Motoring groups and cycle campaigners have united to condemn any move to install number plates on bicycles after a survey found a majority of people backed the idea “to encourage responsible cycling”.
A survey of more than 2,000 people found almost two-thirds (59 per cent) backed the introduction of number plates for cyclists.
But Edmund King, president of the AA, described the idea as both “impractical and unnecessary” and said police already have the powers to stop cyclists.
Cycle campaigners have said the huge cost of implementing a system would fall to taxpayers and warned that such a move would undoubtedly deter people from riding their bicycles.
In 2014 Sussex Police and Crime Commissioner Katy Bourne said cyclists should have the same identification as drivers so they can be prosecuted for jumping red lights.
A change in the law would be required for number plates to become mandatory on bicycles, as the Vehicle Excise and Registration Act 1994 only provides for the registration of mechanically propelled vehicles.
Sam Jones, Cycling UK campaigner, said: “Given the frequent calls we have for ‘cycle plates’ in the UK, it’s not unsurprising the Government has looked into the associated costs, and have come to the conclusion that a registration scheme would outweigh any benefits.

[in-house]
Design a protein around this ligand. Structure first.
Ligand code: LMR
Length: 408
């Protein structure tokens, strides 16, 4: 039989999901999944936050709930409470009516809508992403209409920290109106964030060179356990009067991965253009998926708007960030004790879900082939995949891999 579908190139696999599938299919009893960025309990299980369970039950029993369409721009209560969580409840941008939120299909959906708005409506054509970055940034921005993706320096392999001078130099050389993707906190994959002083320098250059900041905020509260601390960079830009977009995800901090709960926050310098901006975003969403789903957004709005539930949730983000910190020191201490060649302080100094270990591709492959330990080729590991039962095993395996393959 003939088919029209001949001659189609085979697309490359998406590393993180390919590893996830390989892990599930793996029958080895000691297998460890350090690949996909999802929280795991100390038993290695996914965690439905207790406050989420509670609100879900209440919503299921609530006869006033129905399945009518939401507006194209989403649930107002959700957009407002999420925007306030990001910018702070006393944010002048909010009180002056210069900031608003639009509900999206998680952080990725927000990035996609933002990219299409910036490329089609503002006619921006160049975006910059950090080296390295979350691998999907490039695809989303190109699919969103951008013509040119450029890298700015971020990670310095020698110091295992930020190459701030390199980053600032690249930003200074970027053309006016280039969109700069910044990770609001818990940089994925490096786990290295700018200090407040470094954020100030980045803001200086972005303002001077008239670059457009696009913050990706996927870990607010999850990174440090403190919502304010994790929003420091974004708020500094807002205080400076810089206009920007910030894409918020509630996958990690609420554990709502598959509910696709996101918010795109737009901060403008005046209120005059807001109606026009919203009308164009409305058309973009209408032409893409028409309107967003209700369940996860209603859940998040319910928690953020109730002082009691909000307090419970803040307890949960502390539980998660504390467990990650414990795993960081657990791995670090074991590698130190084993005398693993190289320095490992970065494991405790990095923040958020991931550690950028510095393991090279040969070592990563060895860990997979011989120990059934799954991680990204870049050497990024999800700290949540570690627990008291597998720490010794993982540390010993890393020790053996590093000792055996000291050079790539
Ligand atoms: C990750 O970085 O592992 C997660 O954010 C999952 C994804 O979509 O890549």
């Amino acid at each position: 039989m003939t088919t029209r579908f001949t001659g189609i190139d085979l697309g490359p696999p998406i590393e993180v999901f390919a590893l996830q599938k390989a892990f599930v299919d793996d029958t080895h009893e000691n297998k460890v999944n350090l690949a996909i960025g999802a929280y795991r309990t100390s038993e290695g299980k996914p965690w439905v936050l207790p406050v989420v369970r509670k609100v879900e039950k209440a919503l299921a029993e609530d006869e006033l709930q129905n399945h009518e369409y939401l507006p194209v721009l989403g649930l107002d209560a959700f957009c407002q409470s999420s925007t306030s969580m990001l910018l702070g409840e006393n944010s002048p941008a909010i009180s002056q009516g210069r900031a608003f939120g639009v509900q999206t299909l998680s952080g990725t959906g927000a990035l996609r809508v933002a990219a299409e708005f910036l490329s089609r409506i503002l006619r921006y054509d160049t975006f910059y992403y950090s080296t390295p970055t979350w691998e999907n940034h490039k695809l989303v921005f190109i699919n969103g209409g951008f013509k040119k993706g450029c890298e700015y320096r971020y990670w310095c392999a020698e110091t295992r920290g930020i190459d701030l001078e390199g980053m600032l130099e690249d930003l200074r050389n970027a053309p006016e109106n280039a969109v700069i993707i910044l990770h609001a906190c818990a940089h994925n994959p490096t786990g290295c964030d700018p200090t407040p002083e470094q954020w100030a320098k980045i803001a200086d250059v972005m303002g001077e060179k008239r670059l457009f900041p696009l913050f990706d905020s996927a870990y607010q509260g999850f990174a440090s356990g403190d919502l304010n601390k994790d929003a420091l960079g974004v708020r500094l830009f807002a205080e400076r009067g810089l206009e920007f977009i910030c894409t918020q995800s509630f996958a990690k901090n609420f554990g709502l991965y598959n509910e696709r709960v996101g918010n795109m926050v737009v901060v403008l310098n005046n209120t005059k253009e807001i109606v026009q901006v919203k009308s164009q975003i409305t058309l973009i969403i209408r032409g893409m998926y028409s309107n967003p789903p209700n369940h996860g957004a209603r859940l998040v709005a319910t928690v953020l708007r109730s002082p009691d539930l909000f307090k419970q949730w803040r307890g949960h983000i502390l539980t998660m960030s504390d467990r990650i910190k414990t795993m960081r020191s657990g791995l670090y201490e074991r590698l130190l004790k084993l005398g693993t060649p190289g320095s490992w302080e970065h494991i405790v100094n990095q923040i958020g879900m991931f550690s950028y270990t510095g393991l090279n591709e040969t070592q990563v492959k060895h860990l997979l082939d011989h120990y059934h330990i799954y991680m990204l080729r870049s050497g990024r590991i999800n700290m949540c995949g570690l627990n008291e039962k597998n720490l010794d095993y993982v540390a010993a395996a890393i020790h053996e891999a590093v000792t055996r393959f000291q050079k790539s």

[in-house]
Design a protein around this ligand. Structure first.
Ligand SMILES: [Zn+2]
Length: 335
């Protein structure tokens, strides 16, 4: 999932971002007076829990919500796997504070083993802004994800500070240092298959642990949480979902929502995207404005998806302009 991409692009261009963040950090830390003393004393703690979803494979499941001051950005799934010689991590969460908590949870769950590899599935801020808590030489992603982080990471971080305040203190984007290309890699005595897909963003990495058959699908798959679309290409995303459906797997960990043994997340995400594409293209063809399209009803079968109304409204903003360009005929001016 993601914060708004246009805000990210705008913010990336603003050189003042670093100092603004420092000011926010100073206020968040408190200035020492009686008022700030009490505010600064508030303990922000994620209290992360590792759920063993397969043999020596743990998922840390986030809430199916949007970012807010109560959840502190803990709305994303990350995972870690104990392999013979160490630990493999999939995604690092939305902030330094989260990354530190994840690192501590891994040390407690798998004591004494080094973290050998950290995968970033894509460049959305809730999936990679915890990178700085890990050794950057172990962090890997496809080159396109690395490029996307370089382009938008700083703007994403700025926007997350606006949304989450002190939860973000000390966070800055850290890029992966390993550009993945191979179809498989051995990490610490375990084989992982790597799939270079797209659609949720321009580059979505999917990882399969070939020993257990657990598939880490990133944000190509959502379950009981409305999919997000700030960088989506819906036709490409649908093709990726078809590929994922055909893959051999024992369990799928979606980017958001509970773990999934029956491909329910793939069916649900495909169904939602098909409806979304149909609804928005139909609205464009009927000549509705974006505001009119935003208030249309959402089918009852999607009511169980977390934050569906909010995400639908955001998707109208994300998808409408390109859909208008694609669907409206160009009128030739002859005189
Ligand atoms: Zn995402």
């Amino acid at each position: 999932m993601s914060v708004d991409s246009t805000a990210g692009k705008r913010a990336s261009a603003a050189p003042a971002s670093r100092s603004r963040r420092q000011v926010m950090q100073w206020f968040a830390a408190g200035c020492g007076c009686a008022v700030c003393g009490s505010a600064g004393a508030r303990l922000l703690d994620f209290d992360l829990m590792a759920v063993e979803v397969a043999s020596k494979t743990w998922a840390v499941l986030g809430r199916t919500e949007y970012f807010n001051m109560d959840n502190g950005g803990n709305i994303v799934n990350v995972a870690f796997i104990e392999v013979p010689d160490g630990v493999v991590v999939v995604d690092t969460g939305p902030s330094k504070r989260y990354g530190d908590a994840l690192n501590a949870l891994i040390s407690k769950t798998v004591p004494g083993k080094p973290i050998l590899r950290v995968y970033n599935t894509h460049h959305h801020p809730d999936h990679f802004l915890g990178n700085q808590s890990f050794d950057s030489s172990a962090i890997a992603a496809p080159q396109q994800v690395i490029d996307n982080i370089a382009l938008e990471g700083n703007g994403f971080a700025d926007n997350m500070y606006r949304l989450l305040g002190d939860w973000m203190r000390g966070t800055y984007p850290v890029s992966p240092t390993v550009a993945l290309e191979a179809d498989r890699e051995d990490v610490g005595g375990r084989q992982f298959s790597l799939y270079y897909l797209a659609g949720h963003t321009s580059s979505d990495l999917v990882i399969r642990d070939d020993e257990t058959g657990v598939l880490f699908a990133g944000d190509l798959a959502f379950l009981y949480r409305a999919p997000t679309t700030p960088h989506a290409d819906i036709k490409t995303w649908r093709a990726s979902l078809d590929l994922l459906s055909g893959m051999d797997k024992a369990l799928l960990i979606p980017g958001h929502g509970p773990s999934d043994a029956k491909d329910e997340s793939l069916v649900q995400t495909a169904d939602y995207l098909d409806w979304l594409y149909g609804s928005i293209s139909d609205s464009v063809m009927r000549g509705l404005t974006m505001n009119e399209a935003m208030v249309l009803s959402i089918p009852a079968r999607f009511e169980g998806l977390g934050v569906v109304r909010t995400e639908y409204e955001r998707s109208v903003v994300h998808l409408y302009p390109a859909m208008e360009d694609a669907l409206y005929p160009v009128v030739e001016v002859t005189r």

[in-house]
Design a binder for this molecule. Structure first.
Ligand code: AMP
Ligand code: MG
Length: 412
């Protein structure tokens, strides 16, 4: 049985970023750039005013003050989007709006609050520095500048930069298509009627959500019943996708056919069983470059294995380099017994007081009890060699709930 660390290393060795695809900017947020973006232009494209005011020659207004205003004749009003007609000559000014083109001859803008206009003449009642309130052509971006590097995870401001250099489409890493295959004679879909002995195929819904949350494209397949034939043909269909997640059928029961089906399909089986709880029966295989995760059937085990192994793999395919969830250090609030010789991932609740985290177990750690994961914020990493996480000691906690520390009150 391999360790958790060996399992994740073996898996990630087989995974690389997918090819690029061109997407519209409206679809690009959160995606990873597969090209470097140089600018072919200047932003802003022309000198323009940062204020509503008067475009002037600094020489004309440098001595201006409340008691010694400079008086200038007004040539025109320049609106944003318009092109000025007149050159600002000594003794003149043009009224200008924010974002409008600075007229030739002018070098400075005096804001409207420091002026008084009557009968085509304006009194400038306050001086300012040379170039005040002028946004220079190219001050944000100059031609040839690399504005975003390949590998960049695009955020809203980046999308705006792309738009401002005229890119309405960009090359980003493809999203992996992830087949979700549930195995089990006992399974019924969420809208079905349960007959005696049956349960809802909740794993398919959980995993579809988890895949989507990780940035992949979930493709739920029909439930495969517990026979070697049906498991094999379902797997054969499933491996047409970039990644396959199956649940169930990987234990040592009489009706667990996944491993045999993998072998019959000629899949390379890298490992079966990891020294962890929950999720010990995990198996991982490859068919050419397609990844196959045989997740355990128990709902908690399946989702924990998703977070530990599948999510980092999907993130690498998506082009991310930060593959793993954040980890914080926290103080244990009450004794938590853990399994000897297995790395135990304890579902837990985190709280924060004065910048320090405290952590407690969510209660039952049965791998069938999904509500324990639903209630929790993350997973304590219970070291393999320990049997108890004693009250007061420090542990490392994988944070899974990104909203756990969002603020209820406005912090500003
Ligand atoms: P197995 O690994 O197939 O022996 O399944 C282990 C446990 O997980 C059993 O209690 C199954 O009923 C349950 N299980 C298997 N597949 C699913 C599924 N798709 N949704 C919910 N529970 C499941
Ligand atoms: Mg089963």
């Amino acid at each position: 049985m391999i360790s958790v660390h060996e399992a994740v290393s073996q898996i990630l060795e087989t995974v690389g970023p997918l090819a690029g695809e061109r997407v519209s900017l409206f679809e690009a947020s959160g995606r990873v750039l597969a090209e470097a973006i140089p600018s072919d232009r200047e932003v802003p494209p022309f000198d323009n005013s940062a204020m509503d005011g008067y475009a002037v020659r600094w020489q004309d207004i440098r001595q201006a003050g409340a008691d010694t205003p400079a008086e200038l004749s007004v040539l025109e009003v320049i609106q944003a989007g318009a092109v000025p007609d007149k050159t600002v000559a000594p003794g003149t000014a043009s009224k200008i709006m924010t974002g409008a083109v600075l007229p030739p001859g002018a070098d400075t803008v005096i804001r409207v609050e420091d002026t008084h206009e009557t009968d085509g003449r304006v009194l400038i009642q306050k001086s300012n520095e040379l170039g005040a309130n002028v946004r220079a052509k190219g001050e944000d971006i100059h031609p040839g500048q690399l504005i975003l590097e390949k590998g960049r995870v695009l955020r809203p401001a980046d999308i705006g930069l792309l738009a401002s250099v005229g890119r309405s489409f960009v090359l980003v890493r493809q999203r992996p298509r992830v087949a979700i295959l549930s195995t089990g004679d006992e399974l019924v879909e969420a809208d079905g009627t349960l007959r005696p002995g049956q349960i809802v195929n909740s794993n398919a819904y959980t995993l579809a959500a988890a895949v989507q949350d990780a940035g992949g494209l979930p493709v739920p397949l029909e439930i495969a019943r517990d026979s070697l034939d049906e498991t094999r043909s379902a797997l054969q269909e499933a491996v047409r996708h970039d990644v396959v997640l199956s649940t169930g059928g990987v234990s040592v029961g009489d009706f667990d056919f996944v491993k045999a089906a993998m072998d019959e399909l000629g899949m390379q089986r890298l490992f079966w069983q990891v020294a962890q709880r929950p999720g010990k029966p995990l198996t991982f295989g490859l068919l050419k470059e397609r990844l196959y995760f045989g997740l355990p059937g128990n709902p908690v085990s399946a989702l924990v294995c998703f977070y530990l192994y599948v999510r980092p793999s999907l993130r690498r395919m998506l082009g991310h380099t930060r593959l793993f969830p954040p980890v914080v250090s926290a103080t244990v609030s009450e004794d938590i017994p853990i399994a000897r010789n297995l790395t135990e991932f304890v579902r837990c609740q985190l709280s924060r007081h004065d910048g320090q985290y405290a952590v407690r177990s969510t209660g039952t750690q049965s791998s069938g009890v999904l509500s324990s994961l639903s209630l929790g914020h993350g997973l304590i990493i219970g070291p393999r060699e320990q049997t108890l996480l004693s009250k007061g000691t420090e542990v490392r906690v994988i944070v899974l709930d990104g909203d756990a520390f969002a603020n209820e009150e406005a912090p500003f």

“Even if it would not be a costly exercise, it is the bureaucracy of registration which is a real fear. On a practical level, cycles change owners very frequently and are more likely to belong to children than to adults, unlike motor vehicles.
“This makes registration a nightmare to administer and adhere to. Rather than encouraging people to cycle, and bring all the associated health and wealth benefits, it is more than likely to put newcomers or occasional cyclists off cycling altogether.”
The survey, conducted by YouGov on behalf of Halfords, also found that 45 per cent of people support installing dedicated cycle lanes on all roads.
A Halfords spokesperson said: “We wouldn’t support anything that would be a barrier to cycling.”
Several cities around the world have trialled bike plates.
Toronto introduced a bylaw in 1935 requiring residents who owned and used bicycles on the city’s highways to buy a license for their bikes. It was a complicated system involving copious amounts of paperwork, visits to police stations and bike inspections and was repealed in 1957.
Switzerland’s system of bike registration was only disbanded in 2012. Prior to that date, a self-adhesive Velo-Vignette sticker was compulsory and covered cyclists with third liability insurance.
It was scrapped due to its high cost and administrative burden, and the fact that 90 per cent of cyclists were found to already be covered by private liability insurance.
Japan has a compulsory registration system in place for bicycles that is meant to deter bike theft and make it easier for stolen bikes to be reunited with their owners.
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